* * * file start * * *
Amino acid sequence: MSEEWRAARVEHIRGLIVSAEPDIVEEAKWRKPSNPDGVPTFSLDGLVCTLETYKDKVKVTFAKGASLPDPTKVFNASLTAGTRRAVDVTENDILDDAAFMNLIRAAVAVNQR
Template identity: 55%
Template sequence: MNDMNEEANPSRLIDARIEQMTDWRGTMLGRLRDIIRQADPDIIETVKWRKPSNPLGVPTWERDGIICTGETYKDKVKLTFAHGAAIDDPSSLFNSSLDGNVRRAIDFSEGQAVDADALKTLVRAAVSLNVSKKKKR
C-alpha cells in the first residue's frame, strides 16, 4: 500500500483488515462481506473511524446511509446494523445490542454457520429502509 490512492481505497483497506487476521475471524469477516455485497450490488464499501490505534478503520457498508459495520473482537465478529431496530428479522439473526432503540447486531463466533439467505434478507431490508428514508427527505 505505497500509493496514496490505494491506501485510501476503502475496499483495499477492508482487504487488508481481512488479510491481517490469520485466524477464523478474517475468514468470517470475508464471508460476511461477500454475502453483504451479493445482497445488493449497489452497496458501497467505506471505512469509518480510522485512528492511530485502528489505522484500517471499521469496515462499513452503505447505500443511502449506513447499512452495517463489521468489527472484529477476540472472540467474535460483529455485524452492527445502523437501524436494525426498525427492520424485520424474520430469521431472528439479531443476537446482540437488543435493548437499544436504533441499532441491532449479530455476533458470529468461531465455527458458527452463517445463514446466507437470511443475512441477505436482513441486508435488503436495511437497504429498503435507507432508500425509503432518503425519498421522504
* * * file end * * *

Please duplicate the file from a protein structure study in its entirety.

Amino acid sequence: MSEEWRAARVEHIRGLIVSAEPDIVEEAKWRKPSNPDGVPTFSLDGLVCTLETYKDKVKVTFAKGASLPDPTKVFNASLTAGTRRAVDVTENDILDDAAFMNLIRAAVAVNQR
Template identity: 55%
Template sequence: MNDMNEEANPSRLIDARIEQMTDWRGTMLGRLRDIIRQADPDIIETVKWRKPSNPLGVPTWERDGIICTGETYKDKVKLTFAHGAAIDDPSSLFNSSLDGNVRRAIDFSEGQAVDADALKTLVRAAVSLNVSKKKKR
C-alpha cells in the first residue's frame, strides 16, 4: 500500500483488515462481506473511524446511509446494523445490542454457520429502509 490512492481505497483497506487476521475471524469477516455485497450490488464499501490505534478503520457498508459495520473482537465478529431496530428479522439473526432503540447486531463466533439467505434478507431490508428514508427527505 505505497500509493496514496490505494491506501485510501476503502475496499483495499477492508482487504487488508481481512488479510491481517490469520485466524477464523478474517475468514468470517470475508464471508460476511461477500454475502453483504451479493445482497445488493449497489452497496458501497467505506471505512469509518480510522485512528492511530485502528489505522484500517471499521469496515462499513452503505447505500443511502449506513447499512452495517463489521468489527472484529477476540472472540467474535460483529455485524452492527445502523437501524436494525426498525427492520424485520424474520430469521431472528439479531443476537446482540437488543435493548437499544436504533441499532441491532449479530455476533458470529468461531465455527458458527452463517445463514446466507437470511443475512441477505436482513441486508435488503436495511437497504429498503435507507432508500425509503432518503425519498421522504